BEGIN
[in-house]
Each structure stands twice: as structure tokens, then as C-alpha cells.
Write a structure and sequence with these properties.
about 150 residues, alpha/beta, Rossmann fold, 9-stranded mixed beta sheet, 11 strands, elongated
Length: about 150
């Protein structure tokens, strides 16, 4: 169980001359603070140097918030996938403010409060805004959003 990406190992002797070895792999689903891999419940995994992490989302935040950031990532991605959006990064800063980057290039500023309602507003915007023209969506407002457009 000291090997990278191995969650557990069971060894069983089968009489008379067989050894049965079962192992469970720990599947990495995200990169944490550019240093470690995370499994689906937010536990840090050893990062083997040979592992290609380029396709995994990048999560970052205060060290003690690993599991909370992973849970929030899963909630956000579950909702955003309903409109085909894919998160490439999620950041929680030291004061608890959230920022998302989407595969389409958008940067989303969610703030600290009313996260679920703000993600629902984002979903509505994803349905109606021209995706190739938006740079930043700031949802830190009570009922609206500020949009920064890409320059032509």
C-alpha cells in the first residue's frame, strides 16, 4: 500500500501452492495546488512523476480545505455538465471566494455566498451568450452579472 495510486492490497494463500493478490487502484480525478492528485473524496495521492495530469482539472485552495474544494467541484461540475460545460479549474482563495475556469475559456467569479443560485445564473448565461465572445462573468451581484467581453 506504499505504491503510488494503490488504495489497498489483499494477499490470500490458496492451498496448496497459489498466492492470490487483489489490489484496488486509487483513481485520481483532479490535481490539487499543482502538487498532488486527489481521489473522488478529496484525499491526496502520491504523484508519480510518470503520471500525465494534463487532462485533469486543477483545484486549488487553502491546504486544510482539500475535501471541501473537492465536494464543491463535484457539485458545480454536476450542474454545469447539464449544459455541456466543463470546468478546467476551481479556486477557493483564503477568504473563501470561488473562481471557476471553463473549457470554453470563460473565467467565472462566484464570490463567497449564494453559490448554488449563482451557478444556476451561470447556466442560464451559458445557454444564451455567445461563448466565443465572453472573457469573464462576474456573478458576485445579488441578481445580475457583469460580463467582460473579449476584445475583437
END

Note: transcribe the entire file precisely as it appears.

[in-house]
Each structure stands twice: as structure tokens, then as C-alpha cells.
Write a structure and sequence with these properties.
about 150 residues, alpha/beta, Rossmann fold, 9-stranded mixed beta sheet, 11 strands, elongated
Length: about 150
């Protein structure tokens, strides 16, 4: 169980001359603070140097918030996938403010409060805004959003 990406190992002797070895792999689903891999419940995994992490989302935040950031990532991605959006990064800063980057290039500023309602507003915007023209969506407002457009 000291090997990278191995969650557990069971060894069983089968009489008379067989050894049965079962192992469970720990599947990495995200990169944490550019240093470690995370499994689906937010536990840090050893990062083997040979592992290609380029396709995994990048999560970052205060060290003690690993599991909370992973849970929030899963909630956000579950909702955003309903409109085909894919998160490439999620950041929680030291004061608890959230920022998302989407595969389409958008940067989303969610703030600290009313996260679920703000993600629902984002979903509505994803349905109606021209995706190739938006740079930043700031949802830190009570009922609206500020949009920064890409320059032509």
C-alpha cells in the first residue's frame, strides 16, 4: 500500500501452492495546488512523476480545505455538465471566494455566498451568450452579472 495510486492490497494463500493478490487502484480525478492528485473524496495521492495530469482539472485552495474544494467541484461540475460545460479549474482563495475556469475559456467569479443560485445564473448565461465572445462573468451581484467581453 506504499505504491503510488494503490488504495489497498489483499494477499490470500490458496492451498496448496497459489498466492492470490487483489489490489484496488486509487483513481485520481483532479490535481490539487499543482502538487498532488486527489481521489473522488478529496484525499491526496502520491504523484508519480510518470503520471500525465494534463487532462485533469486543477483545484486549488487553502491546504486544510482539500475535501471541501473537492465536494464543491463535484457539485458545480454536476450542474454545469447539464449544459455541456466543463470546468478546467476551481479556486477557493483564503477568504473563501470561488473562481471557476471553463473549457470554453470563460473565467467565472462566484464570490463567497449564494453559490448554488449563482451557478444556476451561470447556466442560464451559458445557454444564451455567445461563448466565443465572453472573457469573464462576474456573478458576485445579488441578481445580475457583469460580463467582460473579449476584445475583437